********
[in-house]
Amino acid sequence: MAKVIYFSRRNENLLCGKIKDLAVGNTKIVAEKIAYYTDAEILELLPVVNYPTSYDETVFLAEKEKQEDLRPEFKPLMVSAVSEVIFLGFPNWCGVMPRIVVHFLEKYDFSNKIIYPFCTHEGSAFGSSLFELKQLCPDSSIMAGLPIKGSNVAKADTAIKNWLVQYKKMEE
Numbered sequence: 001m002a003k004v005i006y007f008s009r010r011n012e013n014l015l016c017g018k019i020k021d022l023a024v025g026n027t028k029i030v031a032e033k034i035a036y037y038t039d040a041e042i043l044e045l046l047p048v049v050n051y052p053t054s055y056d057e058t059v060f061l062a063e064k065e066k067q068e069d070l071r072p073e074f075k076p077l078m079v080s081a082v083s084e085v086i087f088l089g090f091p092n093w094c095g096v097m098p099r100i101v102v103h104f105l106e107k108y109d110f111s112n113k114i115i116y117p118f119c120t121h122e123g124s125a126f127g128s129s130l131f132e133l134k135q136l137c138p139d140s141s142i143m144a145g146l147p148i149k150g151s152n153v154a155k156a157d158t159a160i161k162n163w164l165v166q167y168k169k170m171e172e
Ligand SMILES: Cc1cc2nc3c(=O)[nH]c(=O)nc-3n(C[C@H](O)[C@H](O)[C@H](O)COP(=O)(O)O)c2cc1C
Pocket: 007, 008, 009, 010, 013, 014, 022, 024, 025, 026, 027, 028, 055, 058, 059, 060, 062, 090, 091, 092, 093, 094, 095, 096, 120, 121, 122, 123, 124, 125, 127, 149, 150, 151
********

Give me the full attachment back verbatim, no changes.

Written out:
[in-house]
Amino acid sequence: MAKVIYFSRRNENLLCGKIKDLAVGNTKIVAEKIAYYTDAEILELLPVVNYPTSYDETVFLAEKEKQEDLRPEFKPLMVSAVSEVIFLGFPNWCGVMPRIVVHFLEKYDFSNKIIYPFCTHEGSAFGSSLFELKQLCPDSSIMAGLPIKGSNVAKADTAIKNWLVQYKKMEE
Numbered sequence: 001m002a003k004v005i006y007f008s009r010r011n012e013n014l015l016c017g018k019i020k021d022l023a024v025g026n027t028k029i030v031a032e033k034i035a036y037y038t039d040a041e042i043l044e045l046l047p048v049v050n051y052p053t054s055y056d057e058t059v060f061l062a063e064k065e066k067q068e069d070l071r072p073e074f075k076p077l078m079v080s081a082v083s084e085v086i087f088l089g090f091p092n093w094c095g096v097m098p099r100i101v102v103h104f105l106e107k108y109d110f111s112n113k114i115i116y117p118f119c120t121h122e123g124s125a126f127g128s129s130l131f132e133l134k135q136l137c138p139d140s141s142i143m144a145g146l147p148i149k150g151s152n153v154a155k156a157d158t159a160i161k162n163w164l165v166q167y168k169k170m171e172e
Ligand SMILES: Cc1cc2nc3c(=O)[nH]c(=O)nc-3n(C[C@H](O)[C@H](O)[C@H](O)COP(=O)(O)O)c2cc1C
Pocket: 007, 008, 009, 010, 013, 014, 022, 024, 025, 026, 027, 028, 055, 058, 059, 060, 062, 090, 091, 092, 093, 094, 095, 096, 120, 121, 122, 123, 124, 125, 127, 149, 150, 151